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UAE’s Yahsat looks to expand, Africa and Latin America areas for growth

Masood Mahmood, Chief Executive Officer of Yahsat. Photograph courtesy of The National.
Masood Mahmood, Chief Executive Officer of Yahsat. Photograph courtesy of The National.

After several years of slow growth and low revenues, the Chief Executive Officer of Yahsat, Masood Mahmood, believes that a recovery is on the way in the commercial satellite communications market.

“Overall the industry has been depressed over the last two years 2015, 2016, What we are seeing in emerging markets such as Africa [is that] we are near the bottom when it comes to demand [for] satellite services, IP and broadband, and definitely the worst is sort of behind us,” said Mr. Mahmood.

“When it comes to broadcast, we have our niche markets, which is the eastern markets,” added Mr Mahmood. “We have seen some pressure due to the global economic conditions and also due to depressed oil prices, where oil-dependent economies in the region and budgets in the region are depressed, but definitely we have started to see some recovery.”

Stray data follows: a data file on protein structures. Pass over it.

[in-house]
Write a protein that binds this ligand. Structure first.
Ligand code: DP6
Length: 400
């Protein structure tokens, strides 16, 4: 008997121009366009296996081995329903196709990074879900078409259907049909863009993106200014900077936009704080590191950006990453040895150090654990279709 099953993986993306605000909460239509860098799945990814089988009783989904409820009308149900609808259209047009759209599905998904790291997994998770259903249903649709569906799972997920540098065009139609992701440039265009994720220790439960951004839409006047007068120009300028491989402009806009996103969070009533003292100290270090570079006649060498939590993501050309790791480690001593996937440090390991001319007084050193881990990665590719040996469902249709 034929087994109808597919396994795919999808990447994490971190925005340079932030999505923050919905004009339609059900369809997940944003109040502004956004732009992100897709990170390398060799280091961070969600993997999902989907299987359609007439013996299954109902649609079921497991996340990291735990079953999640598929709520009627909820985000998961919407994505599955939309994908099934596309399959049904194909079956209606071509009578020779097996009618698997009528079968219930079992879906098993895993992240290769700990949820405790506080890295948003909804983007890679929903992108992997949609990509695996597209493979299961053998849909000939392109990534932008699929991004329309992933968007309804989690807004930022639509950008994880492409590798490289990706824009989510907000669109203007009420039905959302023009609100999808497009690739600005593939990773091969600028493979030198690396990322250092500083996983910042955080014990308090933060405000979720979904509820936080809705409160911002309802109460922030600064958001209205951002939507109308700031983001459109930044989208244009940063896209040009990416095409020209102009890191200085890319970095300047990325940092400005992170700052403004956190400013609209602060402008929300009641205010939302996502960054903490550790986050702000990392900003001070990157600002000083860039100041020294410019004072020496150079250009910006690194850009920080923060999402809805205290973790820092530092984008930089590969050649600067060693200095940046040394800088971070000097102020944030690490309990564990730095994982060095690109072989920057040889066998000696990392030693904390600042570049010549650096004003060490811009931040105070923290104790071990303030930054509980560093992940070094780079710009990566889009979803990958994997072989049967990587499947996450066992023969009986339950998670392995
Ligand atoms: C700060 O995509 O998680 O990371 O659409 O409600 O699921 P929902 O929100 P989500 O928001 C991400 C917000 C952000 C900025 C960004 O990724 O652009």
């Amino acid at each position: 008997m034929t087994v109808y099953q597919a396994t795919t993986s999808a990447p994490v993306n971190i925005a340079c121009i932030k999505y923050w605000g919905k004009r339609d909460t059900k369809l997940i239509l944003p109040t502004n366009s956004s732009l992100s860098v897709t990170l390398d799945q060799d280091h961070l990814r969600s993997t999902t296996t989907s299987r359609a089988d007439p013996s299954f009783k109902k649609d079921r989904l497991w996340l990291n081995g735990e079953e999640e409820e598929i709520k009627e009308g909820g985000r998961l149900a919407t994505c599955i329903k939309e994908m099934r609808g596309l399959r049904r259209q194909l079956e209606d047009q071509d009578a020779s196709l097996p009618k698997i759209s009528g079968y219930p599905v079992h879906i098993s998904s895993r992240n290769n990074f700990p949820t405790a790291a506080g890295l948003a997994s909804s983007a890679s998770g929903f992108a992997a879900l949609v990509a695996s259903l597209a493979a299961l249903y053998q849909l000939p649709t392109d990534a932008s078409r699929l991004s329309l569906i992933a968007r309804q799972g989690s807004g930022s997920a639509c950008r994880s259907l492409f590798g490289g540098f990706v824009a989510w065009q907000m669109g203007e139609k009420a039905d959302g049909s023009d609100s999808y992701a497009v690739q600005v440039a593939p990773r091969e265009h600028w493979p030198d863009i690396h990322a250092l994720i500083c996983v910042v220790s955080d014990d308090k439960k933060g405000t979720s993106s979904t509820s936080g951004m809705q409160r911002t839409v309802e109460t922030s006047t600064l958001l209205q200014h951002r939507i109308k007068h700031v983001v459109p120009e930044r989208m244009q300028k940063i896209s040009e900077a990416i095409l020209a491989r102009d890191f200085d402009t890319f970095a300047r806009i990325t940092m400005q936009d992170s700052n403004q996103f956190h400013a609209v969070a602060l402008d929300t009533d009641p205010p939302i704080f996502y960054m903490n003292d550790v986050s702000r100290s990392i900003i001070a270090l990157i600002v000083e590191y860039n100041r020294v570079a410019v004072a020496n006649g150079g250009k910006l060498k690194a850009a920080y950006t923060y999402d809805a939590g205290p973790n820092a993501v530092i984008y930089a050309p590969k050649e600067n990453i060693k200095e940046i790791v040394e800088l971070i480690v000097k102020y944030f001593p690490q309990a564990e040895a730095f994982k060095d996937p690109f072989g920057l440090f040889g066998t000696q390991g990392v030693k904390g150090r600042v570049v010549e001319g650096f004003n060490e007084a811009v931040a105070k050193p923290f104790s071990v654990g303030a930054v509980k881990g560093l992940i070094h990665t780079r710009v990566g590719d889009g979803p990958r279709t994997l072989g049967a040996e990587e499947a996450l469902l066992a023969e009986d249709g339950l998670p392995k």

Mr. Mahmood highlighted Yahsat’s growing opportunities in Africa and Brazil, pointing out that demand for satellite broadband is on the rise in these markets.

Yahsat is a subsidiary of Abu Dhabi-based Mubadala Development Company investment firm, and offers satellite communications, broadcast, and broadband services to commercial and government clients on two geostationary satellites, Yahsat-1A and Yahsat-1B, launched in 2011 and 2012 respectively. A third satellite that has cost U.S.$350 million, Al Yah-3, is expected to be launched in 2017 and will enable Yahsat and its subsidiary, YahClick, to provide broadband services to 600 million people in 19 countries in Africa and Latin America.

Furthermore, Mr. Mahmood has announced that Yahsat aims to procure four additional satellites by 2020 in order to capitalise on the in-flight connectivity market, as well as to expand its general commercial satellite communications market share. The additional satellites will also be used to serve Yahsat’s government clients, to presumably include the UAE government.

One aim for Yahsat, said Mr. Mahmood, is for it to become a leading global provider of satellite communications solutions, rivaling companies such as Intelsat and SES.

In turn, such ambitions serve the wider geopolitical and geoeconomic aims of the UAE government to diversify the Emirati economy away from its traditional dependency on oil revenues.

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